The 2008 Crisis and its Relevance Today
The Start of the Financial Crisis
The 2008 financial crisis started when housing prices started decreasing and the housing bubble burst. A bubble occurs when there is an unjustified and collective belief that prices will rise, resulting in broad-based demand for that asset and consequently rising prices.
The Road to Recovery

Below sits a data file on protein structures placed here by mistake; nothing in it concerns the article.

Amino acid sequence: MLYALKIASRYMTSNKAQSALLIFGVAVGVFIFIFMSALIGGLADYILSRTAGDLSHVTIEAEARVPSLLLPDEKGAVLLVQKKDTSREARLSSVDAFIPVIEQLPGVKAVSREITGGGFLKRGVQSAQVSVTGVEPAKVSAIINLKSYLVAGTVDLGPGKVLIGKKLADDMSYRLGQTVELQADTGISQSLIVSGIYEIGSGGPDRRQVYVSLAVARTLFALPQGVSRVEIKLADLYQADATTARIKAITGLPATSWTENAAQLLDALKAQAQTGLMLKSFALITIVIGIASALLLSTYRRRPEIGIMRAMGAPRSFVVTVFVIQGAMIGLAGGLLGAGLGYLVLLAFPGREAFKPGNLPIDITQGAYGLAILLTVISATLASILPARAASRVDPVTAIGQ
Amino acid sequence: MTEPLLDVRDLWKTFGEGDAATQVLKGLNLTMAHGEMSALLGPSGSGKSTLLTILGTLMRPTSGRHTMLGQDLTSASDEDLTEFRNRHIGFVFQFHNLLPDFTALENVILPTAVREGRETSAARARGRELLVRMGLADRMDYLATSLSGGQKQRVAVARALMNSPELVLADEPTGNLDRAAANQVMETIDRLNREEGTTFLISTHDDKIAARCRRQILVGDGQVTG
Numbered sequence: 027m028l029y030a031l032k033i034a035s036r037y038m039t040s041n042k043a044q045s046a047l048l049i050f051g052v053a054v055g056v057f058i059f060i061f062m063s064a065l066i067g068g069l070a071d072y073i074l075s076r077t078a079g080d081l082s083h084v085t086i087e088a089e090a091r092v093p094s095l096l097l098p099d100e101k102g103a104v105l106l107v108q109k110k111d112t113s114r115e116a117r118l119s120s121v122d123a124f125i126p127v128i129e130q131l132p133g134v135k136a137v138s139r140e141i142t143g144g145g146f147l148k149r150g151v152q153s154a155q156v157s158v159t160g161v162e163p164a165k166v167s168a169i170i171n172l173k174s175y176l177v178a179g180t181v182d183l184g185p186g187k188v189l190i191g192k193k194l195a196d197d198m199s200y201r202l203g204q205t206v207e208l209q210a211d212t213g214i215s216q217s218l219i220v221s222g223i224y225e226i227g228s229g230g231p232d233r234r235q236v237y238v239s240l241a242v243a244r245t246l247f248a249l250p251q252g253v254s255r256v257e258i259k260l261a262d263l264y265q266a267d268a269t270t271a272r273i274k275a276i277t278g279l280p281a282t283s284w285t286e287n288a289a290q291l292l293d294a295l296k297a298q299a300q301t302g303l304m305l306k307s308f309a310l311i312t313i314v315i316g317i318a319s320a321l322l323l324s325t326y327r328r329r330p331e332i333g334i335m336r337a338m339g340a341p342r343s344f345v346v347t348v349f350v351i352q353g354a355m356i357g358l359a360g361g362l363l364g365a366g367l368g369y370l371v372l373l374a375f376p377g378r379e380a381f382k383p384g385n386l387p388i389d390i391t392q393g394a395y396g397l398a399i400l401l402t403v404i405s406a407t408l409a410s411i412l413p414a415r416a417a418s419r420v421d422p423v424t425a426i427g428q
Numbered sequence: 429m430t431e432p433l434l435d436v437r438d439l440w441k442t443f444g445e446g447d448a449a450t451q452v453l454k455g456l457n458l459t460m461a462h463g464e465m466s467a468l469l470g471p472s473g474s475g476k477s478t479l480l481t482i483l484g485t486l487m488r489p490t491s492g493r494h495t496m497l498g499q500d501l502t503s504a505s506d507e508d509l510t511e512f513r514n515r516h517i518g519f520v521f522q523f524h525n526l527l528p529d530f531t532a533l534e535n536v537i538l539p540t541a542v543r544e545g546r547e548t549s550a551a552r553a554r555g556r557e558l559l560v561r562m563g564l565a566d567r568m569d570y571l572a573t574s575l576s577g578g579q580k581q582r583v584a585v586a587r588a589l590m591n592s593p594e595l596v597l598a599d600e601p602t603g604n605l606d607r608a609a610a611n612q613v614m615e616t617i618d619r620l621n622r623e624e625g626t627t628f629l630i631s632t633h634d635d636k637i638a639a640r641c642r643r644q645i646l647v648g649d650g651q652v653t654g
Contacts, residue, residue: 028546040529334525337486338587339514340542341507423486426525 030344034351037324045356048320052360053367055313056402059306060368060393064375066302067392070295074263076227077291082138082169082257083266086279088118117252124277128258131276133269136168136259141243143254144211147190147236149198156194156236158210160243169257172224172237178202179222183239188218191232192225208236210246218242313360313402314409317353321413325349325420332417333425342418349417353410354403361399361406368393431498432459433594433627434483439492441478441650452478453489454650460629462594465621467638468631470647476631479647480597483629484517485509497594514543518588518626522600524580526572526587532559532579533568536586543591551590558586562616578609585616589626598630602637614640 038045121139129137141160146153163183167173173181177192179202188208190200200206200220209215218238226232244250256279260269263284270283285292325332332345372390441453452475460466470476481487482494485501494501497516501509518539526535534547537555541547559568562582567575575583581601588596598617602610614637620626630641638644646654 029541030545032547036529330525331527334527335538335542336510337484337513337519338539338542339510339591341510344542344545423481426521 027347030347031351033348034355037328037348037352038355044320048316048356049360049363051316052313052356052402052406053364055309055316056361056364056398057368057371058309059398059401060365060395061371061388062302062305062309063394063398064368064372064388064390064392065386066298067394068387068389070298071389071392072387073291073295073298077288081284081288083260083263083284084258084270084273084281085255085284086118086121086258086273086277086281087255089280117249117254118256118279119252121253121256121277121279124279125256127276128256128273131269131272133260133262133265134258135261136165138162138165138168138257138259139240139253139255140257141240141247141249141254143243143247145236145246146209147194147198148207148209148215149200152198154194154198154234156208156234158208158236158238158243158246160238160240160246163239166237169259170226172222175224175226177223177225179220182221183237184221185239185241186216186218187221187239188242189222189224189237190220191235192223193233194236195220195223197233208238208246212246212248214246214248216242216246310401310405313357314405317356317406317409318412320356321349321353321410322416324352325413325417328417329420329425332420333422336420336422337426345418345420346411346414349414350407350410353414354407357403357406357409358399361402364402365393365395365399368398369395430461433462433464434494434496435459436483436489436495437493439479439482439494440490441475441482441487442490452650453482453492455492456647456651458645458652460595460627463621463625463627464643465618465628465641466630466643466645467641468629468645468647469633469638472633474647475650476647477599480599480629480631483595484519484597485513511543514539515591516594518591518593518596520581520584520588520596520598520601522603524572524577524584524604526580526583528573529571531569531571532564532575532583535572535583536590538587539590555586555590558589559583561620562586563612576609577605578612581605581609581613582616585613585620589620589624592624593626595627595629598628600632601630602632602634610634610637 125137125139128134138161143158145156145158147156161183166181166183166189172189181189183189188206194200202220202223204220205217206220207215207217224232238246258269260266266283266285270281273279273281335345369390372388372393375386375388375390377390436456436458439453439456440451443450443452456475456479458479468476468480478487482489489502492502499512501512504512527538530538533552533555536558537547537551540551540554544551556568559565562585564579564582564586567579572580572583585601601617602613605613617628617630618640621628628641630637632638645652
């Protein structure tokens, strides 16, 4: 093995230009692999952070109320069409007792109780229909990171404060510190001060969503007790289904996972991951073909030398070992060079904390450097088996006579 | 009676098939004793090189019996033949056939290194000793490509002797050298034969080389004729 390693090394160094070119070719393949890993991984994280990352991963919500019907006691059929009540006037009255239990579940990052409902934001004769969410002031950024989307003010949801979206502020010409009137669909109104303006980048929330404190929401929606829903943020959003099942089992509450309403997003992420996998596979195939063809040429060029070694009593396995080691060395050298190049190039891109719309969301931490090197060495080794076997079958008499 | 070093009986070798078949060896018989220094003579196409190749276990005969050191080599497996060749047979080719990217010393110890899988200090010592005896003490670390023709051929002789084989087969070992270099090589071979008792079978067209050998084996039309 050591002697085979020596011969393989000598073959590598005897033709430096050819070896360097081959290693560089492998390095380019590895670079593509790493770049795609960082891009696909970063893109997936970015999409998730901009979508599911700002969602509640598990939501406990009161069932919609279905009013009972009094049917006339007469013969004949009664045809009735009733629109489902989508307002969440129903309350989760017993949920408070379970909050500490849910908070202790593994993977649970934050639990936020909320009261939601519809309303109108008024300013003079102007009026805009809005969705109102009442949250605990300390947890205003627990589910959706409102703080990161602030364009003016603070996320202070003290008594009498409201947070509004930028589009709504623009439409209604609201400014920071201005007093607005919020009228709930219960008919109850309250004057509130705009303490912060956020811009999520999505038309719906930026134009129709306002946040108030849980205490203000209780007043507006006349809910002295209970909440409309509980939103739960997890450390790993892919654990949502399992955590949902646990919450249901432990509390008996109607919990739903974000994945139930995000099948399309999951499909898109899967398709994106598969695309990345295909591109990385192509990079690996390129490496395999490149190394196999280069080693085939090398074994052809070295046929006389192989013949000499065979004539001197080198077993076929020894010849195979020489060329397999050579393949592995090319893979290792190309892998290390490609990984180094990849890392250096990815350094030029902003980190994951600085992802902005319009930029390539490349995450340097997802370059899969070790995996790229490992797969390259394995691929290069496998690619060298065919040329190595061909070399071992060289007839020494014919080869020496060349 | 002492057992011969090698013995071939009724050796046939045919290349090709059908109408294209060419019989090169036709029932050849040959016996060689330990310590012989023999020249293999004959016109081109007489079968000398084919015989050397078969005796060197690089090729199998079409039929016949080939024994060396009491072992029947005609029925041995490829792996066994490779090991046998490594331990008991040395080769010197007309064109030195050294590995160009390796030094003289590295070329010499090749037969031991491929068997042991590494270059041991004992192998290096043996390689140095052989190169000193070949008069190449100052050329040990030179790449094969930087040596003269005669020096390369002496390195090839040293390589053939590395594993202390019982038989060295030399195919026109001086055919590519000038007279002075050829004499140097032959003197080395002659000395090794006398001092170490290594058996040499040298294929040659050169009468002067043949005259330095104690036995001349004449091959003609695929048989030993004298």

The financial crisis hit the economy mainly through the financial panic and credit crunch channels. In other words, runs and relayed events disrupted the financial intermediation and limited the willingness of banks and investment banks to supply credit. The government took many measures to address this channel through which the financial crisis affected the economy. First, the Federal Reserve opened many liquidity facilities to ensure that banks would still provide credit and avoid further fire sales. In addition, to calm money market mutual funds the government provided them deposit insurance. Furthermore, the government introduced stress tests and, although most investment banks failed them, it calmed markets since it was a first attempt to measure the risk in the market. Lastly, the government introduced several rounds of quantitative easing (QE) and forward guidance. During the crisis the nominal interest rate hit the zero lower bound and the Federal Reserve used quantitative easing (asset purchases by central banks) and forward guidance (communications about monetary policy of the future) to lower the interest rate more and stimulate the economy.